The FY2016 bill includes $17.78 billion in funding for the Department of Transportation, $17 million below FY2015 and $3.9 billion below Obama’s budget, as well as $500 million for Transportation Investment Generating Economic Recovery (TIGER) Grants for national infrastructure investments.
   The ailing Highway Trust Fund would contribute $40.26 billion, equal to the FY2015 enacted level, for the Federal-aid Highways Program, assuming Congress is able to enact new transportation authorization legislation, which expires this year.
   The bill provides $825 million in resources for the National Highway Traffic Safety Administration and $572 million for the Federal Motor Carrier Safety Administration.
   The Federal Aviation Administration would receive $16 billion, $294 million above the FY2015 enacted level and $175 million above the president’s request, for all air traffic control personnel, engineers, maintenance technicians, safety inspectors and operational support personnel.
   The bill also allots $1.68 billion for the Federal Railroad Administration, an increase of $53 million from FY2015; $10.5 billion for the Federal Transit Administration, $424 million less than in FY2015; $288 million for rail safety and research programs, $12 million above FY2015; and $246 million for the Pipeline and Hazardous Materials Safety Administration specifically intended to address safety concerns related to recent pipeline and crude oil rail accidents.
   $1.6 billion will go towards for Capital Investment Grants, also called “New Starts,” which will fully fund all current Full Funding Grant Agreement transit projects as well as new projects, and $75 million will go to core capacity projects as well as $30 million to Small Starts projects, transit capital investments planned and operated by local communities.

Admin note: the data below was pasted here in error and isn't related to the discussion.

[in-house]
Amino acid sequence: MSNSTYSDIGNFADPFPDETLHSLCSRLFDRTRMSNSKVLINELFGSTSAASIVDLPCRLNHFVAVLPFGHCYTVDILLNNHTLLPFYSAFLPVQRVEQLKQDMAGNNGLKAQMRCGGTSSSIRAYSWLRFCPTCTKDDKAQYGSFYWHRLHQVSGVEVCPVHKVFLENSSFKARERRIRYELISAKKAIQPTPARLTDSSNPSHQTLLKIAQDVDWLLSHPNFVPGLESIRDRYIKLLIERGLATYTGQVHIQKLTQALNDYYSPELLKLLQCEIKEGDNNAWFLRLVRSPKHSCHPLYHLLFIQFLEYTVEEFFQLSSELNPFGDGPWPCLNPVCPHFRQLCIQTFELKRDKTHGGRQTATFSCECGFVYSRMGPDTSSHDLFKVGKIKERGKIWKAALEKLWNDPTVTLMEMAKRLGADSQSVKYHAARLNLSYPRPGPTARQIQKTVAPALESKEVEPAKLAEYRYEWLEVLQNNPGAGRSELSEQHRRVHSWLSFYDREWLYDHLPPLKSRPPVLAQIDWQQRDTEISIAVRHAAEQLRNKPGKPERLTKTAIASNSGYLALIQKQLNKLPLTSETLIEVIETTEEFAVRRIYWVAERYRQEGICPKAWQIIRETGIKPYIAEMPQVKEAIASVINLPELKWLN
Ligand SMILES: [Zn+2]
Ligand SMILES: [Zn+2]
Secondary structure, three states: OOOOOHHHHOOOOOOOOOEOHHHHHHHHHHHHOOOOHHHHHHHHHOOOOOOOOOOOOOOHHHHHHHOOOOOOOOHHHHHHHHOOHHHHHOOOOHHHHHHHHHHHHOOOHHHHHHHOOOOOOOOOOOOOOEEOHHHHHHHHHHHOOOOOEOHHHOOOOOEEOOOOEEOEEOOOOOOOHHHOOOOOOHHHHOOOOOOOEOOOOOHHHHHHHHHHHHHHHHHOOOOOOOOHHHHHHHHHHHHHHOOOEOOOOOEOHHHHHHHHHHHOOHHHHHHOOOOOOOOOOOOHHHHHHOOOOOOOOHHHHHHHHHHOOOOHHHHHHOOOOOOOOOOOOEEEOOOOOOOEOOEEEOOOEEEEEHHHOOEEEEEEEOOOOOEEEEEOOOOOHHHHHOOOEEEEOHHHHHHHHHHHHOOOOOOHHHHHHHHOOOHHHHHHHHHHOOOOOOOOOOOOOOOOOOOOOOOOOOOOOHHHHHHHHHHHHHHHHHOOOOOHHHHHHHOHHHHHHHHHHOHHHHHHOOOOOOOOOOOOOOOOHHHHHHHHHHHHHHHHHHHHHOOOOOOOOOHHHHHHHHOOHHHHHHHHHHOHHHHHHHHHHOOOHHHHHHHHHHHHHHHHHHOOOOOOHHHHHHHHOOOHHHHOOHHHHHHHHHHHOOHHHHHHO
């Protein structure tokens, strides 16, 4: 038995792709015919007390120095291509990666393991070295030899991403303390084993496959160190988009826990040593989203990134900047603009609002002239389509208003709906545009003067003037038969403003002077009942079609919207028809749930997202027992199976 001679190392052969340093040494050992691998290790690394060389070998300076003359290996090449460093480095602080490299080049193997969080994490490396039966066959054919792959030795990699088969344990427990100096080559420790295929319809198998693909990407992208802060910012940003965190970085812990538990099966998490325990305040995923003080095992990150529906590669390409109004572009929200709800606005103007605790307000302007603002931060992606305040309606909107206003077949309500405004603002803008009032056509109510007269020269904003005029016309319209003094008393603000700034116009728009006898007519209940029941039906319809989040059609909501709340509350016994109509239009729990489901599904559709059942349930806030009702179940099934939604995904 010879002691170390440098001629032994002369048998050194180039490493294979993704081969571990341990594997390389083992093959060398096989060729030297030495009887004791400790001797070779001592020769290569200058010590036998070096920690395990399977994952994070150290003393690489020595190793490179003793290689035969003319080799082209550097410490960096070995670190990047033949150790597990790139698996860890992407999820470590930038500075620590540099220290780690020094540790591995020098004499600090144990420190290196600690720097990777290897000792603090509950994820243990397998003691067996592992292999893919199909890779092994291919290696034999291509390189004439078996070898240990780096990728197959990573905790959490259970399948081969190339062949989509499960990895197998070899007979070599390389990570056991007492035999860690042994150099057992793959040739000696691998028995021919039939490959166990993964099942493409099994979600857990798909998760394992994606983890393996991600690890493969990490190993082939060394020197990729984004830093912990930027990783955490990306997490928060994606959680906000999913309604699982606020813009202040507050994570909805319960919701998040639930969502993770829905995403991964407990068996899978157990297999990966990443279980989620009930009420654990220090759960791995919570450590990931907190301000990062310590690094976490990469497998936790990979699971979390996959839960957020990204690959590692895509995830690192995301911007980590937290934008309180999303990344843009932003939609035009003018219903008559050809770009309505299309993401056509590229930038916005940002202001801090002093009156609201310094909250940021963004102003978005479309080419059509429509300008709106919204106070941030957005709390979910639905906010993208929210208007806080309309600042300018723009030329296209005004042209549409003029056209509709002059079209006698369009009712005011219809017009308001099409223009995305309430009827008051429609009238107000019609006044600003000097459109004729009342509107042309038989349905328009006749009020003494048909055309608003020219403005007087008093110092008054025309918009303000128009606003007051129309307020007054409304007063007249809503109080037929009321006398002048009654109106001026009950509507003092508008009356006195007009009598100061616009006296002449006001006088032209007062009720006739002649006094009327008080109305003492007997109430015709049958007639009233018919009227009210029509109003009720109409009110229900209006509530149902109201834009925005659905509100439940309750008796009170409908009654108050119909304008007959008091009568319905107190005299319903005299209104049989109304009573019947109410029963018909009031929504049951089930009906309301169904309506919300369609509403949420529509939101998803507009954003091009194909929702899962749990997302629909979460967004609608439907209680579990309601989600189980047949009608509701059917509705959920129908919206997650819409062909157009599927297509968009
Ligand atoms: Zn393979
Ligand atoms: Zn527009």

The U.S. Maritime Administration would receive $373 million, $32 million more than in FY2015, “to increase the productivity, efficiency and safety of the nation’s ports and intermodal water and land transportation,” including $186 million for the Maritime Security Program.
   The remaining $37.56 billion included in the legislation is allotted for the U.S. Department of Housing and Urban Development (HUD), nearly $2 billion more than FY2015 but still $3 billion below the request. HUD funding includes money for community planning and development programs, expansion of housing and services for homeless youth, Section 8 and public housing, rental assistance, and housing for the elderly.
   “Through negotiation and compromise, this bipartisan bill makes smart investments in our nation’s infrastructure, helps meet the housing needs of the most vulnerable among us, and provides funding for economic development projects in our communities,” Subcommittee Chairman Sen. Susan Collins, R-Maine, said of the measure. “From rental assistance for low-income families to safety-related provisions for our transportation infrastructure, the many critical programs funded by this bill were balanced to fund the wide range of operations that play a crucial role in reinvigorating our economy.”